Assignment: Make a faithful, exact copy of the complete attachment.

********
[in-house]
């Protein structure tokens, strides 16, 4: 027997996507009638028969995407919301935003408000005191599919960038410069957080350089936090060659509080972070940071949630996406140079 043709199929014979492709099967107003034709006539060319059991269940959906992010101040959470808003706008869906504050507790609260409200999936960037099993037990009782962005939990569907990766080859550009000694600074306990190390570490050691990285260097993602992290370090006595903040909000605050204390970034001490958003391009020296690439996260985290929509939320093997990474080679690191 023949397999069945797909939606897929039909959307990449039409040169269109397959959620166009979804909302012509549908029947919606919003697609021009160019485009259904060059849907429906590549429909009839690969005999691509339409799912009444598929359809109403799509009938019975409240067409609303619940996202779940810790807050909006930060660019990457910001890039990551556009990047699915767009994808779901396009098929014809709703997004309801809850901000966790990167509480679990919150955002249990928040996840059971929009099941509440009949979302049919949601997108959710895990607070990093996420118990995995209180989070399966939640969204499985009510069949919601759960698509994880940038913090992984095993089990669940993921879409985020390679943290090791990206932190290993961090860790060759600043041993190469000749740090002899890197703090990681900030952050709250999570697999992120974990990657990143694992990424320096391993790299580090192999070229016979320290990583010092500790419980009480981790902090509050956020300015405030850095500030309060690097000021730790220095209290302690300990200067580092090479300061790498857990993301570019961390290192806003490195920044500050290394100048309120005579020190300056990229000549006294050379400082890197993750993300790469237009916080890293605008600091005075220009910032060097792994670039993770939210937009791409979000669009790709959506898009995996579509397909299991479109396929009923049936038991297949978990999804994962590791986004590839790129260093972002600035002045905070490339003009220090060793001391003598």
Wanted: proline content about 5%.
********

[in-house]
């Protein structure tokens, strides 16, 4: 027997996507009638028969995407919301935003408000005191599919960038410069957080350089936090060659509080972070940071949630996406140079 043709199929014979492709099967107003034709006539060319059991269940959906992010101040959470808003706008869906504050507790609260409200999936960037099993037990009782962005939990569907990766080859550009000694600074306990190390570490050691990285260097993602992290370090006595903040909000605050204390970034001490958003391009020296690439996260985290929509939320093997990474080679690191 023949397999069945797909939606897929039909959307990449039409040169269109397959959620166009979804909302012509549908029947919606919003697609021009160019485009259904060059849907429906590549429909009839690969005999691509339409799912009444598929359809109403799509009938019975409240067409609303619940996202779940810790807050909006930060660019990457910001890039990551556009990047699915767009994808779901396009098929014809709703997004309801809850901000966790990167509480679990919150955002249990928040996840059971929009099941509440009949979302049919949601997108959710895990607070990093996420118990995995209180989070399966939640969204499985009510069949919601759960698509994880940038913090992984095993089990669940993921879409985020390679943290090791990206932190290993961090860790060759600043041993190469000749740090002899890197703090990681900030952050709250999570697999992120974990990657990143694992990424320096391993790299580090192999070229016979320290990583010092500790419980009480981790902090509050956020300015405030850095500030309060690097000021730790220095209290302690300990200067580092090479300061790498857990993301570019961390290192806003490195920044500050290394100048309120005579020190300056990229000549006294050379400082890197993750993300790469237009916080890293605008600091005075220009910032060097792994670039993770939210937009791409979000669009790709959506898009995996579509397909299991479109396929009923049936038991297949978990999804994962590791986004590839790129260093972002600035002045905070490339003009220090060793001391003598």
Wanted: proline content about 5%.